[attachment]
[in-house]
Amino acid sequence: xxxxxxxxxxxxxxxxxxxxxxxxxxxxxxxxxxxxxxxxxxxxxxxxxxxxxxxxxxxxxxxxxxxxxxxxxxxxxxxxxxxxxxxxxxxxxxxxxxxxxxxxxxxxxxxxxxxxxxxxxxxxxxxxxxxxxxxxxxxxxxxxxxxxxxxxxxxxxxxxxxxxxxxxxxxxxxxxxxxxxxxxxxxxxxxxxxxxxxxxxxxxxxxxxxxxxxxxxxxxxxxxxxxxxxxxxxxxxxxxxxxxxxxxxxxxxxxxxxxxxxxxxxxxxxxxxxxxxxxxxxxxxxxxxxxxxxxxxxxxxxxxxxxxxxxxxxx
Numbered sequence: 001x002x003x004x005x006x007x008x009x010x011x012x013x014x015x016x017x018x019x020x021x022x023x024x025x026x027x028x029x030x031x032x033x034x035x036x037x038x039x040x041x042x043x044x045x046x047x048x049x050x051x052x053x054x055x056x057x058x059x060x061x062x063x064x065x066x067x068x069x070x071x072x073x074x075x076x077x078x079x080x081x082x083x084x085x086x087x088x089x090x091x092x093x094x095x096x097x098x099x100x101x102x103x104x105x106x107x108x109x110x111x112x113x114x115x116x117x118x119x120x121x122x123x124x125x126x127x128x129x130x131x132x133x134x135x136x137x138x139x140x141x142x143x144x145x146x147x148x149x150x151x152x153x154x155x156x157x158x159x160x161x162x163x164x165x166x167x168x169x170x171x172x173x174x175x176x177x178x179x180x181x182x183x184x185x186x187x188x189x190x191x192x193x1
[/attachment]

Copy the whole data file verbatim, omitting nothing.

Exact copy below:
[in-house]
Amino acid sequence: xxxxxxxxxxxxxxxxxxxxxxxxxxxxxxxxxxxxxxxxxxxxxxxxxxxxxxxxxxxxxxxxxxxxxxxxxxxxxxxxxxxxxxxxxxxxxxxxxxxxxxxxxxxxxxxxxxxxxxxxxxxxxxxxxxxxxxxxxxxxxxxxxxxxxxxxxxxxxxxxxxxxxxxxxxxxxxxxxxxxxxxxxxxxxxxxxxxxxxxxxxxxxxxxxxxxxxxxxxxxxxxxxxxxxxxxxxxxxxxxxxxxxxxxxxxxxxxxxxxxxxxxxxxxxxxxxxxxxxxxxxxxxxxxxxxxxxxxxxxxxxxxxxxxxxxxxxx
Numbered sequence: 001x002x003x004x005x006x007x008x009x010x011x012x013x014x015x016x017x018x019x020x021x022x023x024x025x026x027x028x029x030x031x032x033x034x035x036x037x038x039x040x041x042x043x044x045x046x047x048x049x050x051x052x053x054x055x056x057x058x059x060x061x062x063x064x065x066x067x068x069x070x071x072x073x074x075x076x077x078x079x080x081x082x083x084x085x086x087x088x089x090x091x092x093x094x095x096x097x098x099x100x101x102x103x104x105x106x107x108x109x110x111x112x113x114x115x116x117x118x119x120x121x122x123x124x125x126x127x128x129x130x131x132x133x134x135x136x137x138x139x140x141x142x143x144x145x146x147x148x149x150x151x152x153x154x155x156x157x158x159x160x161x162x163x164x165x166x167x168x169x170x171x172x173x174x175x176x177x178x179x180x181x182x183x184x185x186x187x188x189x190x191x192x193x1